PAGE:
Category Archives: Through World War I

Paradox side

Deissner ‘Paradox’ Rotary Aircraft Engine

By William Pearce

Deissner Paradox running

Charles (Carl) Deissner stands next to the 30 hp (22 kW) Paradox engine during a test run. The frame around the engine enabled it to be run in such demonstrations and was not needed when the engine was installed in an aircraft (which probably never happened). Note the carburetor at the front of the engine.

As early aviators began to take flight, it quickly became apparent that most engines were not suitable for use in aircraft. A number of engineers and designers worked to create light and powerful engines that were ideal for aircraft use. Some of these designs, such as the Antoinette, lay the foundation for many engines to follow, but other engine designs were quickly abandoned. Like many others, Charles (Carl) Deissner of London, England designed one of the engines destined to go nowhere. Deissner called his engine the Paradox.

The Paradox was an air-cooled, four-cylinder, four-stroke, rotary engine. In this context, “rotary” refers to a radial engine in which the crankcase and cylinders rotate around the crankshaft. This is not to be confused with a Wankel engine, which uses a rotor spinning in a fixed crankcase to produce power. Most rotary aircraft engines had the crankshaft fixed to the airframe, while the propeller was attached to and spun with the crankcase. However, the Paradox was not like other rotary engines.

While the crankcase of the Paradox rotated just like any other rotary engine, inside the Paradox, the crankshaft turned at twice the speed of the crankcase and in the same direction. The engine’s internals were kept in order by eccentric gears on the crankshaft engaging ring gears inside the crankcase. The stroke of the crankshaft represented one quarter of the piston’s stroke. The path of the eccentric gear also represented one quarter of the piston’s stroke. The relative motions of the crankcase and crankshaft enabled the full stroke to be utilized and allowed the unique Paradox engine to function.

Paradox engine sectional

Sectional view of the 30 hp (22 kW) Paradox engine. The valves can be seen on the front of the L-head cylinders. Below the valves are the pushrods actuated by counter-weighted rockers. The rockers are driven by a short camshaft extending on each side of a pinion. The pinion rotates as its teeth mesh with a gear fixed to a stationary shaft at the front of the engine.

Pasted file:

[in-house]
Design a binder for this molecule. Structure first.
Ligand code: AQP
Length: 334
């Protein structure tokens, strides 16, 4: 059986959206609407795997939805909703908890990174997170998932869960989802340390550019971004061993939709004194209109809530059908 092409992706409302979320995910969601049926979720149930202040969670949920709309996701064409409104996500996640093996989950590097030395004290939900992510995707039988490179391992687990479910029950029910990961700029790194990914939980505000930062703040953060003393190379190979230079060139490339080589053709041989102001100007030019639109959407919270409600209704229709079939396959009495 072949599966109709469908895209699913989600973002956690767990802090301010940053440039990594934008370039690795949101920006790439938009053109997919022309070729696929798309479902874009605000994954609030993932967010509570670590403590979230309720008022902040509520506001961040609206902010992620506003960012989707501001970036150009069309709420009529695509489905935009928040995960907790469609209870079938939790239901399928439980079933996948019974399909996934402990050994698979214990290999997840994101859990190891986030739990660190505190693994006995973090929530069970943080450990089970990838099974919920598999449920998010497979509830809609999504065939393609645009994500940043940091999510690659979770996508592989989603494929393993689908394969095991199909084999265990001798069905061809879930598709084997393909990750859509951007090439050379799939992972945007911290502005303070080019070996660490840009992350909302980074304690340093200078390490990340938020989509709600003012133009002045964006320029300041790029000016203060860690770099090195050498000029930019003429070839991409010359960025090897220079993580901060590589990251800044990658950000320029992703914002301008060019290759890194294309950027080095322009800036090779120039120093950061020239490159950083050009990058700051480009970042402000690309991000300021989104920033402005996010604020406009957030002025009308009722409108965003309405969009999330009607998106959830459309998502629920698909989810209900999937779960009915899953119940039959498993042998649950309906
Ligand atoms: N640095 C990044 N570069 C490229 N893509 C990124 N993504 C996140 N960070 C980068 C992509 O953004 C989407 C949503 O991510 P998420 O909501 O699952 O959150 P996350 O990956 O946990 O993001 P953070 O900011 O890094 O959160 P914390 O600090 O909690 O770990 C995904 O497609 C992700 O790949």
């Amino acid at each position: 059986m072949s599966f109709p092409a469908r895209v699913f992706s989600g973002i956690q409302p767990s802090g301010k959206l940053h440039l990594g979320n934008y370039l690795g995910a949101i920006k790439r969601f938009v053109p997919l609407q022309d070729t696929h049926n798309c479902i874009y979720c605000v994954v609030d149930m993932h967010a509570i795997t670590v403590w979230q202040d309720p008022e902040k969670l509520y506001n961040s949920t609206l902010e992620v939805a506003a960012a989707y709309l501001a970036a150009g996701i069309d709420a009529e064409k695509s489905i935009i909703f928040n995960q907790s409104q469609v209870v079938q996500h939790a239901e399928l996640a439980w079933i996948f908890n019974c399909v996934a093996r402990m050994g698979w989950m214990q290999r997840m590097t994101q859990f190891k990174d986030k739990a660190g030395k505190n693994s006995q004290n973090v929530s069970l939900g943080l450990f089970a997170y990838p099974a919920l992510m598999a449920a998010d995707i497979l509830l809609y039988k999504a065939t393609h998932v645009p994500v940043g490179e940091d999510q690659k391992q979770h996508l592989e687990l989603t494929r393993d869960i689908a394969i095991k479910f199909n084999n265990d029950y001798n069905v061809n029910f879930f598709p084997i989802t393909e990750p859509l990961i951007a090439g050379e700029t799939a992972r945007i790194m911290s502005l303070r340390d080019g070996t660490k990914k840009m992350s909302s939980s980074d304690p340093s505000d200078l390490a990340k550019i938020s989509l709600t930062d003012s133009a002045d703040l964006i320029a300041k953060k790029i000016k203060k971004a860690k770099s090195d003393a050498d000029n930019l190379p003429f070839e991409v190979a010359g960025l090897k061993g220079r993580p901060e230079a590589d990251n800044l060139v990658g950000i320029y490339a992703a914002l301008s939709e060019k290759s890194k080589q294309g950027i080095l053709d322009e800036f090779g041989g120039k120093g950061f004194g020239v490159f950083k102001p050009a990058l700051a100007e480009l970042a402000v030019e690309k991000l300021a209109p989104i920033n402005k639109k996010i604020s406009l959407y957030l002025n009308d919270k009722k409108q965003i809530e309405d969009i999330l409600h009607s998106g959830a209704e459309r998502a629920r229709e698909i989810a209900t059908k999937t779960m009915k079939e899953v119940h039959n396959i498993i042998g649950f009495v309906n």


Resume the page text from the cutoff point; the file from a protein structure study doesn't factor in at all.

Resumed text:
The easiest way to visualize the Paradox engine’s operation is to consider the piston at the top of the cylinder when the cylinder is at the 12 o’clock position. Here, the crankshaft and its throw are at top dead center. When the engine has rotated 180 degrees, putting the cylinder at the six o’clock position, the crankshaft has rotated 360 degrees. The crankshaft is again at top dead center, but since the cylinder is now at the bottom of the engine, the piston is now at the bottom of the cylinder. When the engine has rotated another 180 degrees, the cylinder is back at the 12 o’clock position, and the crankshaft, having rotated 360 degrees, is again at top dead center, returning the piston to the top of the cylinder.

The crankshaft had two throws 180 degrees apart, and each throw served a pair of cylinders. The cylinders of each pair were 180 degrees apart, and the two cylinder pairs were 90 degrees apart. A non-articulating, solid connecting rod served each cylinder pair so that when one piston was at the top of the cylinder, the piston in the opposite cylinder was at the bottom of the cylinder. Deissner stated that since the connecting rod did not articulate, Paradox engines could be made with relatively long strokes and achieve high compression ratios.

Paradox side